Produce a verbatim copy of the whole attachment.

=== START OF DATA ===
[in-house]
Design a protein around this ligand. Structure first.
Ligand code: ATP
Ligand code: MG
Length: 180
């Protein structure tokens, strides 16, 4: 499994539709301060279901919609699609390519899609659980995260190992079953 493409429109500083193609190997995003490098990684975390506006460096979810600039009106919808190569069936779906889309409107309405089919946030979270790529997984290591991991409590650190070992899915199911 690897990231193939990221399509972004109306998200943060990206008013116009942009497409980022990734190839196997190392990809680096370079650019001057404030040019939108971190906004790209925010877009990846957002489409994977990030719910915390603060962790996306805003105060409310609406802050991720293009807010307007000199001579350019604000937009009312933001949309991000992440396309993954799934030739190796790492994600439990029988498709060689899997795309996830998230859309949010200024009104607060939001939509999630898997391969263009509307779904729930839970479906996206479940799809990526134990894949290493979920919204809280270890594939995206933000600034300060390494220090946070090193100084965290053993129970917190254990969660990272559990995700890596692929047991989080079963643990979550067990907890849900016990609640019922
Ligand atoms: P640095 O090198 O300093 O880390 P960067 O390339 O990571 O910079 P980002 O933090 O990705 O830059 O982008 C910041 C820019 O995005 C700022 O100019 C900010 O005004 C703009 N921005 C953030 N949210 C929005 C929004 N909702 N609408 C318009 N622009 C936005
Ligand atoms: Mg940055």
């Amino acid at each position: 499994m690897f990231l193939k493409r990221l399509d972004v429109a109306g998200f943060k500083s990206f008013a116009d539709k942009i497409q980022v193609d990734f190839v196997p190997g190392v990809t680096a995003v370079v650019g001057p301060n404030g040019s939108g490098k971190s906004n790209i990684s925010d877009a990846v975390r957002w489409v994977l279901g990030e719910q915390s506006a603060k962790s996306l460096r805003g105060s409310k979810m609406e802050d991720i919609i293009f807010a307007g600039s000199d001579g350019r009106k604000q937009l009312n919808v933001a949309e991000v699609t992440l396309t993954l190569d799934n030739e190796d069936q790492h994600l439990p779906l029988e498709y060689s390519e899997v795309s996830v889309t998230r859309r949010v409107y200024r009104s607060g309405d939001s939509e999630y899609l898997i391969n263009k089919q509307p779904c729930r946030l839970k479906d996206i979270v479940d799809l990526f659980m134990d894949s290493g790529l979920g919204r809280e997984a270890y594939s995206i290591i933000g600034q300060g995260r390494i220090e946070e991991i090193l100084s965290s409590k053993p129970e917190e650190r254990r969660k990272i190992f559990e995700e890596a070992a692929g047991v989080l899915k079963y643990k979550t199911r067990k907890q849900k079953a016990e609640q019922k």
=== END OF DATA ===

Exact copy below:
[in-house]
Design a protein around this ligand. Structure first.
Ligand code: ATP
Ligand code: MG
Length: 180
């Protein structure tokens, strides 16, 4: 499994539709301060279901919609699609390519899609659980995260190992079953 493409429109500083193609190997995003490098990684975390506006460096979810600039009106919808190569069936779906889309409107309405089919946030979270790529997984290591991991409590650190070992899915199911 690897990231193939990221399509972004109306998200943060990206008013116009942009497409980022990734190839196997190392990809680096370079650019001057404030040019939108971190906004790209925010877009990846957002489409994977990030719910915390603060962790996306805003105060409310609406802050991720293009807010307007000199001579350019604000937009009312933001949309991000992440396309993954799934030739190796790492994600439990029988498709060689899997795309996830998230859309949010200024009104607060939001939509999630898997391969263009509307779904729930839970479906996206479940799809990526134990894949290493979920919204809280270890594939995206933000600034300060390494220090946070090193100084965290053993129970917190254990969660990272559990995700890596692929047991989080079963643990979550067990907890849900016990609640019922
Ligand atoms: P640095 O090198 O300093 O880390 P960067 O390339 O990571 O910079 P980002 O933090 O990705 O830059 O982008 C910041 C820019 O995005 C700022 O100019 C900010 O005004 C703009 N921005 C953030 N949210 C929005 C929004 N909702 N609408 C318009 N622009 C936005
Ligand atoms: Mg940055």
């Amino acid at each position: 499994m690897f990231l193939k493409r990221l399509d972004v429109a109306g998200f943060k500083s990206f008013a116009d539709k942009i497409q980022v193609d990734f190839v196997p190997g190392v990809t680096a995003v370079v650019g001057p301060n404030g040019s939108g490098k971190s906004n790209i990684s925010d877009a990846v975390r957002w489409v994977l279901g990030e719910q915390s506006a603060k962790s996306l460096r805003g105060s409310k979810m609406e802050d991720i919609i293009f807010a307007g600039s000199d001579g350019r009106k604000q937009l009312n919808v933001a949309e991000v699609t992440l396309t993954l190569d799934n030739e190796d069936q790492h994600l439990p779906l029988e498709y060689s390519e899997v795309s996830v889309t998230r859309r949010v409107y200024r009104s607060g309405d939001s939509e999630y899609l898997i391969n263009k089919q509307p779904c729930r946030l839970k479906d996206i979270v479940d799809l990526f659980m134990d894949s290493g790529l979920g919204r809280e997984a270890y594939s995206i290591i933000g600034q300060g995260r390494i220090e946070e991991i090193l100084s965290s409590k053993p129970e917190e650190r254990r969660k990272i190992f559990e995700e890596a070992a692929g047991v989080l899915k079963y643990k979550t199911r067990k907890q849900k079953a016990e609640q019922k």